Much as we love “Purple Rain,” we’d hate to see it become the one Prince song everybody starts covering—not when there are so many dozens of buried treasures in the purple vault. Keeping that in mind, this month we suggest a batch of Prince songs and some local artists we’d love to hear doing them. (We even managed to find a few of the original versions on YouTube, despite the artist’s efforts to keep all of his music offline.)
“Money Doesn’t Matter 2 Night”: This slinky, funky groove is one of the more New Orleans–sounding things Prince did—and thanks to the lyrical sentiments, we understand (secondhand, of course) that it got lots of play in Bourbon Street strip clubs. Would be perfect for double bass guitars—Dumpstaphunk, are you listening?
“Funknroll”: This is late-period Prince, from his last above-ground album, Art Official Age. True to its title, it’s hard and heavy funk, and though Prince sings it with a sped-up voice, this mighty groove really calls for a hard-charging band with a commanding lead singer. We’d suggest giving it to Glen David Andrews.
“Girls & Boys”: One of the great Prince dance numbers, this sports lots of percussion, male/female duet vocals, and parts are even sung in French. To these ears it’s got Sweet Crude written all over it.
“I Rock Therefore I Am”: Prince quietly released his rock ’n’ roll album, Chaos and Disorder, while at war with his label. It’s a kick, especially this track with a swampy groove, heavy riff and great shout-along lyrics. We’d love to hear Dash Rip Rock do it during one of their late-night sets.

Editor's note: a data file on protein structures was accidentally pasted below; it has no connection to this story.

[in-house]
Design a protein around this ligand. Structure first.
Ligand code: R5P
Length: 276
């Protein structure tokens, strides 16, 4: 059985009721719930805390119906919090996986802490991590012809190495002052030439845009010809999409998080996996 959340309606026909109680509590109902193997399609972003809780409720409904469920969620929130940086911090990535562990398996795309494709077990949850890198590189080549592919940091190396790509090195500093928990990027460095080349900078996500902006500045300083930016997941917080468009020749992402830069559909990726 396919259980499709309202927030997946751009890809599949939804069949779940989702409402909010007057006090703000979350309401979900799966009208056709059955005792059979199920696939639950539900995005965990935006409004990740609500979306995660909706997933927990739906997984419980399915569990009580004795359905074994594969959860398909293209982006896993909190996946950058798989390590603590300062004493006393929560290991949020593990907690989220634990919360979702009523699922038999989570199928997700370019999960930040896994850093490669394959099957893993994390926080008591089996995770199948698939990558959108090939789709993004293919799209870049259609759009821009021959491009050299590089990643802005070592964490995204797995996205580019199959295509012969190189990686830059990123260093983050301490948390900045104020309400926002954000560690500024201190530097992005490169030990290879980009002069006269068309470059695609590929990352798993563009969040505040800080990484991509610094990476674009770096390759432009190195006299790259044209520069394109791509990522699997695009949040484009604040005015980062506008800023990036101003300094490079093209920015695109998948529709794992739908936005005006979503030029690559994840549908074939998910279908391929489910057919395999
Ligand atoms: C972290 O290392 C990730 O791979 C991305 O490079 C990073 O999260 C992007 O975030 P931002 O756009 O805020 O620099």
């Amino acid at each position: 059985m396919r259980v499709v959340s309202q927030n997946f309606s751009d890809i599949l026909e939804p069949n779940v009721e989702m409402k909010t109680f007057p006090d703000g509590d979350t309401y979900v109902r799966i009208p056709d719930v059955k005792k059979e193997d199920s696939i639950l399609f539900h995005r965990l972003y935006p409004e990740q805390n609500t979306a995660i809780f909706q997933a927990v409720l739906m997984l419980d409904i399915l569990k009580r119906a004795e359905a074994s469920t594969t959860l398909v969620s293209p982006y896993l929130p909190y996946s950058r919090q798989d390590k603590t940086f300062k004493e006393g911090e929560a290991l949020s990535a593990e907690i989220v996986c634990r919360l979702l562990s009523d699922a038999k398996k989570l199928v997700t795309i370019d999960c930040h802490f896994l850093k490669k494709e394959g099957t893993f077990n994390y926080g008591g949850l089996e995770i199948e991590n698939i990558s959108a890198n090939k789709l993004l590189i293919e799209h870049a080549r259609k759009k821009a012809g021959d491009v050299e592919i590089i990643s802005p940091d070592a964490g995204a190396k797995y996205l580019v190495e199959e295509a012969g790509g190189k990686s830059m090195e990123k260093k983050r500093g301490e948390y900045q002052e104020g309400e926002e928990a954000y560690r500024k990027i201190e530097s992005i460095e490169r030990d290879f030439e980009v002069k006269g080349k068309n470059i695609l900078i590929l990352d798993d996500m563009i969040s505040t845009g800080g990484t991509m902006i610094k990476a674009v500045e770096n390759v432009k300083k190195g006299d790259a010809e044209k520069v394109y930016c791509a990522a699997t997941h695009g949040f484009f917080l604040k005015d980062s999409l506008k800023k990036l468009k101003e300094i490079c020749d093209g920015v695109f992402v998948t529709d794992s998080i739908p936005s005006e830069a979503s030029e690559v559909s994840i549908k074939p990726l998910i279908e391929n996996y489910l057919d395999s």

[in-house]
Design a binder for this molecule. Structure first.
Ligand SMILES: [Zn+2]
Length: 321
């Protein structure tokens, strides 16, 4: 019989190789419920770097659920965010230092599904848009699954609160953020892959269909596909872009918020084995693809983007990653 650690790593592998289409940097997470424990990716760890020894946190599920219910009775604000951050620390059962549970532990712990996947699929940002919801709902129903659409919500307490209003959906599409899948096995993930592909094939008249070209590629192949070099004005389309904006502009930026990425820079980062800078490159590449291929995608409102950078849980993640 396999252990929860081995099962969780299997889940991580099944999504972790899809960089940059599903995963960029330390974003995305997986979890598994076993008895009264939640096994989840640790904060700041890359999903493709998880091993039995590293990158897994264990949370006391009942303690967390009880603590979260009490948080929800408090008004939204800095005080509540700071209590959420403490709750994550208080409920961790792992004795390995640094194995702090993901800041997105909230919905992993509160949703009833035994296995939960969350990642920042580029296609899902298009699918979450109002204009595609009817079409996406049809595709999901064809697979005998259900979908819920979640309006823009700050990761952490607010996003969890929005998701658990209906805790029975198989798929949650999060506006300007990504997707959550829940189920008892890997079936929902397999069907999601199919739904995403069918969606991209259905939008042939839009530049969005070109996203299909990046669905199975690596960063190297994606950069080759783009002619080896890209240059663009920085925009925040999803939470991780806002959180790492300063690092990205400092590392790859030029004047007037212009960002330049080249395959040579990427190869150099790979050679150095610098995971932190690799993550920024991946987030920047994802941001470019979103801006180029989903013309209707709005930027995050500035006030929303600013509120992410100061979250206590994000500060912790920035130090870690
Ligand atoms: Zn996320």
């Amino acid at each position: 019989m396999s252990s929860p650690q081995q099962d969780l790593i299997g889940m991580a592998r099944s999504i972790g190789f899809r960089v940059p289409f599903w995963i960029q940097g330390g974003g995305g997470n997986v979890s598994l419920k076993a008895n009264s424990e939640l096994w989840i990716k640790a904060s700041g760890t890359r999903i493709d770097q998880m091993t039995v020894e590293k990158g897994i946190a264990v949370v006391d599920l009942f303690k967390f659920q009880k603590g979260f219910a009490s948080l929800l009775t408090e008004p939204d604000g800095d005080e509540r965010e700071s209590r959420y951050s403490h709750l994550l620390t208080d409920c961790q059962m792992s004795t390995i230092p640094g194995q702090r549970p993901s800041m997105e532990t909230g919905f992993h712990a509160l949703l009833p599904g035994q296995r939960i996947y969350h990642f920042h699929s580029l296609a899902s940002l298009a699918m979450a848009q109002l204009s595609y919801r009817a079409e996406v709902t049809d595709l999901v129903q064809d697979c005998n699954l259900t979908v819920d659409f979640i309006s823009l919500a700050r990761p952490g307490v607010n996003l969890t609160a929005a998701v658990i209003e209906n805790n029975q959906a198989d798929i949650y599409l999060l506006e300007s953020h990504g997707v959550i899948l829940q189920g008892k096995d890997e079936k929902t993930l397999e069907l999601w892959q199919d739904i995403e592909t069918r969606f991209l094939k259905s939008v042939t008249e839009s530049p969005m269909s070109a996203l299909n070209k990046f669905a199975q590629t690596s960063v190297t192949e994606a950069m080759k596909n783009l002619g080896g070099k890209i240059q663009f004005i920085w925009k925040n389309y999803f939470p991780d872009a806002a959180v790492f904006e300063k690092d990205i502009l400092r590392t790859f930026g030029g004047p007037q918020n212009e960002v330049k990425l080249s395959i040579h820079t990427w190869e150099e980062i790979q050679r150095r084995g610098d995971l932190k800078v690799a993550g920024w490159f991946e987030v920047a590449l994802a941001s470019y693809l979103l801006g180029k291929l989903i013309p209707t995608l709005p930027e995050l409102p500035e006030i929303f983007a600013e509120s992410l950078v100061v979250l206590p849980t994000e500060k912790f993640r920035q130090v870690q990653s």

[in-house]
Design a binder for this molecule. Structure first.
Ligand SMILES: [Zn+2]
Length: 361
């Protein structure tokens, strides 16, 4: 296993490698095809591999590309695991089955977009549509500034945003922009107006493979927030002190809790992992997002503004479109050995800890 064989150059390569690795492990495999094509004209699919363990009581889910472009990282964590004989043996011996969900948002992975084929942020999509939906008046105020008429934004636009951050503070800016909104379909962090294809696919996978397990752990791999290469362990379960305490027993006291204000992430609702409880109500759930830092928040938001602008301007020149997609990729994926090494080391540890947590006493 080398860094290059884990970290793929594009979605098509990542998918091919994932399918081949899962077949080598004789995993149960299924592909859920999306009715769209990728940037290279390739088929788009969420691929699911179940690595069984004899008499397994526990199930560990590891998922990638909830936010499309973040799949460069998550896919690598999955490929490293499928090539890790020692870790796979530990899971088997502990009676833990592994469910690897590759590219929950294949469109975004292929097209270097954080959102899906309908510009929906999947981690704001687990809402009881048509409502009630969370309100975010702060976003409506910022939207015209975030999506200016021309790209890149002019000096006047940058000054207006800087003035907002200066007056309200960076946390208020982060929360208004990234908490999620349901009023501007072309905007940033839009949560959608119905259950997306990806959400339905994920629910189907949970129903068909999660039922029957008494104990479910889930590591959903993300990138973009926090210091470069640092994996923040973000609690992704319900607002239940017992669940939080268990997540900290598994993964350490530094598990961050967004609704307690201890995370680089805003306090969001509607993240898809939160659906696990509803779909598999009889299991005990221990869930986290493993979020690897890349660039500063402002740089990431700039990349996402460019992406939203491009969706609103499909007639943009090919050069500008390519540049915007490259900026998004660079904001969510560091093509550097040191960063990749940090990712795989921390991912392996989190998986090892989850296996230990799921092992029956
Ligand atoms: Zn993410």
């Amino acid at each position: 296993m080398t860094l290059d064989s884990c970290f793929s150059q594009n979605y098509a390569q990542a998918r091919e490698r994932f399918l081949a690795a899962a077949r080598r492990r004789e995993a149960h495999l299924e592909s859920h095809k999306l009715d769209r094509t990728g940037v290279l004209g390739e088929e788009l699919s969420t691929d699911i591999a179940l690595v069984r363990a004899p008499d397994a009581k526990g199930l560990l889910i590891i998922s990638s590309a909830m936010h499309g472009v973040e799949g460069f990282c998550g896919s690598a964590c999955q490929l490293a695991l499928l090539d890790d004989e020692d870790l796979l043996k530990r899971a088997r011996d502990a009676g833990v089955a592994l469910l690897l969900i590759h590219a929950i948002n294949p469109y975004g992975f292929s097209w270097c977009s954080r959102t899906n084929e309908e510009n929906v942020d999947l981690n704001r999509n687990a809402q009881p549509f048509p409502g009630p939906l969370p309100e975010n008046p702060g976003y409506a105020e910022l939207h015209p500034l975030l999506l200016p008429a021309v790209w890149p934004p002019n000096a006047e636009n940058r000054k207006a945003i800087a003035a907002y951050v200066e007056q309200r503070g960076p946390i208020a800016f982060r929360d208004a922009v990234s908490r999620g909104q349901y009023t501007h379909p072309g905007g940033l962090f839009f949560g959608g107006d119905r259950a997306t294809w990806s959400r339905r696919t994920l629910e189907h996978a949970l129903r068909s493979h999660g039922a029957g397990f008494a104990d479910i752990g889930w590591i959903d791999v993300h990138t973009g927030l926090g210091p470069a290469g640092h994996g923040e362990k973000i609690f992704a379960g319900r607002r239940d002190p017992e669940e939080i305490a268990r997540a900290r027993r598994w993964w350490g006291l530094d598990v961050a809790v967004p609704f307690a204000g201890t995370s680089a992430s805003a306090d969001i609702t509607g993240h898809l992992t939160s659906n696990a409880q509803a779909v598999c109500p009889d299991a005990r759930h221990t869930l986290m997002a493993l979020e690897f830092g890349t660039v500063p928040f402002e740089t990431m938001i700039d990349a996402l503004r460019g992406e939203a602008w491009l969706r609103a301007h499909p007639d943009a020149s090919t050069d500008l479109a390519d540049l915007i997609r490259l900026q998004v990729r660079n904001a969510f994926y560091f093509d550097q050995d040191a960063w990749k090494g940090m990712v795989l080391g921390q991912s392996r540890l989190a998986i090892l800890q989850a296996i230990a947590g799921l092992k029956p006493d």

“Forever in My Life”: The Prince catalogue is full of homages to classic soul; this track, which closed the double epic Sign O’ the Times, is one of the sweetest. To cover it you’d need a singer who could key into its invitation to a long-term relationship, and could work vocal magic with the word “forever.” Of course it goes to Aaron Neville.
“Jack U Off”: One of the first ways Prince got peoples’ attention was to mess with gender/sexual identity—something he downplayed over time, but this track proves he clearly had a hell of a time doing it. We’re betting that Big Freedia could do the perfect bounce update.
“Raspberry Beret”: Prince fell in love with ’60s sunshine pop on his 1985 album Around the World in a Day; this hit single was his homage to the love-filled sounds of that era. Who better to cover it in vinyl than Susan Cowsill?
“Condition of the Heart”: Also from Around the World in a Day—which, truth be told, is this writer’s favorite Prince album—comes his most beautiful song ever, a torch ballad to die for. Get the New Orleans Nightingales back together and let them all break our hearts with it.
“Two”: One of his more exotic projects was Madhouse, an alleged jazz quartet that was actually protégé Eric Leeds on sax and Prince on everything else. This upbeat groover of a tune (which like all Madhouse songs is numbered and not named) cries out for a real jazz quartet to take it on—sounds like a job for Astral Project.
“Darling Nikki”: The naughtiest of all Prince songs (and significantly, one in which both partners have a funky good time), this is the one the Moral Majority had the most problems with; Prince himself swore off performing it in later years. We thereby propose an annual holiday during which everyone who plays in town—male, female and otherwise—is obliged to close their sets with it.